At a glance.
- Be careful of the watering hole.
- Hospital data exposure attributed to employee error.
- Realtor suffers possible data breach.
- MMPORG gets hacked; credentials exposed.
SLUB attack employs new tactics.
TrendMicro is investigating a watering hole operation, dubbed Operation Earth Kitsune, that is taking a new approach with SLUB malware. While SLUB earned its moniker from its tendency to exploit Slack or GitHub in its attacks, this new campaign instead employs online chat platform Mattermost. The goal in a watering hole campaign is to lure victims to a version of a frequently visited website which redirects the user to a malicious site or installs malware. In this case, the attack takes advantage of a Google Chrome vulnerability that infects the victims not only with SLUB, but with two new variants as well, giving the threat actors a tighter grip on the victim’s system.
Michigan hospital suffers accidental data exposure.
An employee error has led to a possible data leak at McLaren Oakland Hospital in the US state of Michigan, reports Crain’s Detroit Business. It appears an employee left open an unsecured link to a file containing sensitive patient information. The hospital has contacted the over twenty-two hundred impacted patients, informing them of the incident and instructing them to monitor their financial statements for any indications of fraud. The hospital notified the Department of Health and Human Services, and McLaren employees will be undergoing additional security training.
Foxtons sustains data breach.
British real estate agency Foxtons confirms that it suffered a malware attack, but chose not to immediately inform its clients, as no customer data were compromised, reports Property Industry Eye. The attack compelled the agency to temporarily shut down the MyFoxtons customer portal, which Foxtons explained by claiming the site was down for maintenance. Foxtons’ spokesperson stated, “We have effective systems in place and took quick action to contain the incident and minimize disruption to our customers.” However, some dissatisfied customers feel they should have been informed, regardless of the depth of the breach.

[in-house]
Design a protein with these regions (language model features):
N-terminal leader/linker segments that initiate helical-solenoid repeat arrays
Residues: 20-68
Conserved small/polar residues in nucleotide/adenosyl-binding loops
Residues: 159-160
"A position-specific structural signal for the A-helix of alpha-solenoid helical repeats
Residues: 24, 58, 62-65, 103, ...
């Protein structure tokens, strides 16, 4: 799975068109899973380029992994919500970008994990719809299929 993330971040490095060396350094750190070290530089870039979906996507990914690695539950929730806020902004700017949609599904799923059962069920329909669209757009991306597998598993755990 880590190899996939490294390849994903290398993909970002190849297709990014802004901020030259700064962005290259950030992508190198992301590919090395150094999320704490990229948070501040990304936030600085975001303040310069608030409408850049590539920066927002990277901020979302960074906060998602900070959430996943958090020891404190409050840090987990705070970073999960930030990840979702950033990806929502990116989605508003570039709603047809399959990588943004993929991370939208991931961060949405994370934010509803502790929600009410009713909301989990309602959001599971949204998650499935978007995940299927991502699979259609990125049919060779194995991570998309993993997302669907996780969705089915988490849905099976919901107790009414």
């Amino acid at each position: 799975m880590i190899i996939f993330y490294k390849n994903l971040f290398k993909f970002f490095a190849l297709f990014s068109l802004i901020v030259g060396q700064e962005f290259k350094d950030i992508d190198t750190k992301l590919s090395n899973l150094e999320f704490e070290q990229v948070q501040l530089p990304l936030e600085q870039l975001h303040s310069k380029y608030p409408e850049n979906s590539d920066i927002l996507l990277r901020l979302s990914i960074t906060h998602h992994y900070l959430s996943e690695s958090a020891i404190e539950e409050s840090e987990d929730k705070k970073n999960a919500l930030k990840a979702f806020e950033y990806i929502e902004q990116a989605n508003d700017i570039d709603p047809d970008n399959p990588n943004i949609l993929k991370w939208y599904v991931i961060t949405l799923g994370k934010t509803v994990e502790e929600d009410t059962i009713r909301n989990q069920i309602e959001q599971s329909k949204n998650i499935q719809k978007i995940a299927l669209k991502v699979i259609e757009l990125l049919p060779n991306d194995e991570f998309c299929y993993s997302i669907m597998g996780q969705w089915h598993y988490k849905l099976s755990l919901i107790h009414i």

Cheaters sometimes win.
It’s all fun and games until a hacker decides to play. ZDNet reports that the forum for the popular free MMORPG (massively multiplayer online role-playing game) Albion Online was breached on Friday when an intruder took advantage of a vulnerability in the forum’s platform, WoltLab Suite. The compromised data includes usernames and password hashes for forum profiles, and while Albion’s owner Sandbox Interactive GmbH assures that all of the stolen passwords are heavily encrypted, users with weak passwords might be at risk. Sandbox informed the users of the breach by posting a message on the forum recommending that they change their usernames and passwords, just in case. The size of the breach has not been disclosed, but Albion boasts 2.5 million players and the forum serves nearly 300,000 members.
And there's more, out of the olden days, from Albion Online, in this case of someone going medieval on their data...
Milords and Miladies, Albion Online hath fallen.
...the masters of Albion Online hath unbosomed themselves that divers villeins did breach their forum and rieved usernames and password hashes therefrom. Have a care and change thy password, sirrah.
Javvad Malik, security awareness advocate at KnowBe4, would give thee good counsel, varlet: “This unfortunate breach is a reminder that no online assets are unimportant when it comes to security. Criminals will try to breach any accounts they can, not just ones with monetary value. Even seemingly less important sites, like forums or chat rooms, can have value to criminals. Even if passwords are secured, having email addresses can allow criminals to launch convincing spearphishing attacks against users and get them to divulge passwords, or download malware. Therefore, all digital assets need to be secured at the same level as there are no longer any low-risk sites on the net.”
And may ye look to thy credentials elsewhither, lest they get stuffed.